Women are better shooters than men on the clay pigeon circuit, so Tom Bayston tells me as he prepares this correspondent for his maiden shoot at Park Lodge Shooting School - it sounded like a challenge to me.
Apparently, females are more likely to pay attention to the instructions they’re given when trying the sport for the first time, and the right technique, I learn, is what separates the wheat from the chaff.
The scenario is this. A 110mm-wide clay is fired out of a trap at the press of a button pressed by Tom beside me. It zips through the air at around 30mph, giving me seconds to train my sights over the flight path and unload a shell from the 12 gauge shotgun; the butt of the stock pressed against the bulbous layer of muscle between neck and shoulder, beneath the collarbone.
What’s key, Tom explains, is to shoot ahead of the moving clay - like passing a football ahead of a teammate so they can run onto the ball - so that when the trigger is squeezed, a collision course is set between shell and clay. A true hit explodes the clay, though chipping the edges still count as a hit. Wind speed and direction adds unpredictability as to the clay’s trajectory and there’s no compensating for procrastination. An instinctive, steady shot goes a long way to determining success, something this novice gun quickly discovered.
The purpose of my visit to Tom’s impressive diversification project - he farms down the road with his parents - was to find out how accessible shooting is to newcomers.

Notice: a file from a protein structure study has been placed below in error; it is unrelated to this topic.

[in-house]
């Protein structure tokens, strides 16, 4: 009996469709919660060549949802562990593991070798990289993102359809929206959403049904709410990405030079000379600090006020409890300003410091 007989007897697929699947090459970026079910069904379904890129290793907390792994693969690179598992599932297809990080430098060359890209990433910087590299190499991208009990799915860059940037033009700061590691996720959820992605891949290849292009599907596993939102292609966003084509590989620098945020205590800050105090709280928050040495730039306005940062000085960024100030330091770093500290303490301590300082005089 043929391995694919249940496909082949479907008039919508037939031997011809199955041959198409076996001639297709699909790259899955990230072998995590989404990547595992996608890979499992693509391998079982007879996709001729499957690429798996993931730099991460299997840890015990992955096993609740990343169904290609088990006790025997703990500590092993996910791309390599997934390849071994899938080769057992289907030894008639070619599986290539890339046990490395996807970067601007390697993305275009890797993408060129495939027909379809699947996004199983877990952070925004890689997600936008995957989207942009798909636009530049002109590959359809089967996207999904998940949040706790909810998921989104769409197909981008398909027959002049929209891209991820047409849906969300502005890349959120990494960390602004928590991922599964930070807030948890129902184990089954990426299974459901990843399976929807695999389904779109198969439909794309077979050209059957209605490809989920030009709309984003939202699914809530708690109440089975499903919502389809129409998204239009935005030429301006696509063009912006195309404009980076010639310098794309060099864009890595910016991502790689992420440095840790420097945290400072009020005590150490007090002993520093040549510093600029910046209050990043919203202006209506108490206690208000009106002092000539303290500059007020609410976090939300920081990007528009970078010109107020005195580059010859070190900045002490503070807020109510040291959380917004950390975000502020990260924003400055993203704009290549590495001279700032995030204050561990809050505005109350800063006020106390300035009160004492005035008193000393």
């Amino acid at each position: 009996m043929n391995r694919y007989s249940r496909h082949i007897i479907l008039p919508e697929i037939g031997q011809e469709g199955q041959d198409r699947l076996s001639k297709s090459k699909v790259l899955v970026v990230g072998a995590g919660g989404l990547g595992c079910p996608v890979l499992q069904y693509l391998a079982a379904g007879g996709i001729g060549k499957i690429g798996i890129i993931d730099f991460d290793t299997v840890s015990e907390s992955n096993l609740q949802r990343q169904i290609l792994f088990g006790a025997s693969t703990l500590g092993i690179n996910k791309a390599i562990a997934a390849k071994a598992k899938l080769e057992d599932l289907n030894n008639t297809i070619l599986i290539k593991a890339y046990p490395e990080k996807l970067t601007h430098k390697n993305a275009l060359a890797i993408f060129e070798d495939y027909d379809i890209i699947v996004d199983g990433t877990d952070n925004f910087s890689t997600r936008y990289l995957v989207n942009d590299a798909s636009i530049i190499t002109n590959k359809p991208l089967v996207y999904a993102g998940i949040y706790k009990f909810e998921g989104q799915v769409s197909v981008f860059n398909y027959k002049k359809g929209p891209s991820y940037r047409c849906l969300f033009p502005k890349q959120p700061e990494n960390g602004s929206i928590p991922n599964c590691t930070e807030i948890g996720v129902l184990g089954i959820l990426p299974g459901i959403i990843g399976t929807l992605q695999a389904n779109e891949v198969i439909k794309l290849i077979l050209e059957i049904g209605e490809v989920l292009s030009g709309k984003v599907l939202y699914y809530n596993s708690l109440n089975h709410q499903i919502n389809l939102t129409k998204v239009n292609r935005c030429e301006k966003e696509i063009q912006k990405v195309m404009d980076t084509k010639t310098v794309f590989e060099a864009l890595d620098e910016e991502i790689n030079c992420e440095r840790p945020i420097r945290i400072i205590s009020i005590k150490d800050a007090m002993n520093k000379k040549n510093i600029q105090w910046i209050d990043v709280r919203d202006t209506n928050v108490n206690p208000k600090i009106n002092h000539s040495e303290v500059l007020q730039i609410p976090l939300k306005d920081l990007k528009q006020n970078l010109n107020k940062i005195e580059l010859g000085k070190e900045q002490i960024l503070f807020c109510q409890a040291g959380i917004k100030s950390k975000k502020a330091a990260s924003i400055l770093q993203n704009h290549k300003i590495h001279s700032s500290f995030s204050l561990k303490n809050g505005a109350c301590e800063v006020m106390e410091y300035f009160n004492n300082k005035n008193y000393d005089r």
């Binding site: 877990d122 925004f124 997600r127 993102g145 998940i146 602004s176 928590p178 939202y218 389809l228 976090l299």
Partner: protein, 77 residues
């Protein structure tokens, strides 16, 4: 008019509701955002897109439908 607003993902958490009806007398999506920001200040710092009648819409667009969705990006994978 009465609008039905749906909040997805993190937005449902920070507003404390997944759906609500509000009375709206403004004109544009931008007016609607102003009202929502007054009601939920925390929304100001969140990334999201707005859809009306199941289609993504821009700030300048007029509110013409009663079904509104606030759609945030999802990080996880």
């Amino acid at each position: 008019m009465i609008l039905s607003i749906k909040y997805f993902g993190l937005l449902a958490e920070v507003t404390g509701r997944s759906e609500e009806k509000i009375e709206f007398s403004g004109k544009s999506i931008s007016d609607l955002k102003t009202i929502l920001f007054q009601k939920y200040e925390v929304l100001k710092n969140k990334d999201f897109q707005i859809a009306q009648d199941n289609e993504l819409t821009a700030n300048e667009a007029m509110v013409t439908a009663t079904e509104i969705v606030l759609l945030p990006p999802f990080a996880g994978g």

Shooting now has wide appeal. For example, at Park Lodge, set in 44 acres next to the East Yorkshire village of West Cowick, the experience is geared not just towards old hands but hosts corporate parties who come for a ‘different’ experience. It attracts a surprisingly diverse age range too. The youngest gun so far was a seven-year-old girl and the oldest, a woman in her 70s who wanted to tick shooting off her bucket list.
There’s a few older couples taking the circuit during my visit and they stopped to explain the sport’s appeals.
“It’s a sport we can do together,” says Pat Tomlinson, 60, of Norton near Doncaster, who was ambling between shooting stations with her husband Dave, 67. “We used to shoot 19 years ago but I had a car crash and it put me out of action for a while. I came here to use the air rifle range but I soon wanted to get back to clays. We’ve done shoots all over - in Dubai and Portugal.”
I step up for my first shot at a station called ‘squirrel’. I misfire, failing to pull the trigger hard enough a few times but after the false starts I hit a clay, which is released from the traps in a rolling fashion, downhill along the ground. The slow pace allows time to position the gun but the clay’s downward tumble is a tad testing at first attempt.
Buoyed by a bullseye, it’s on to ‘incoming’. A clay was cast upwards and looped towards me, where it seemed to hover momentarily before crashing into the ground. I hit it first time at the peak of its trajectory under Tom’s masterful tuition.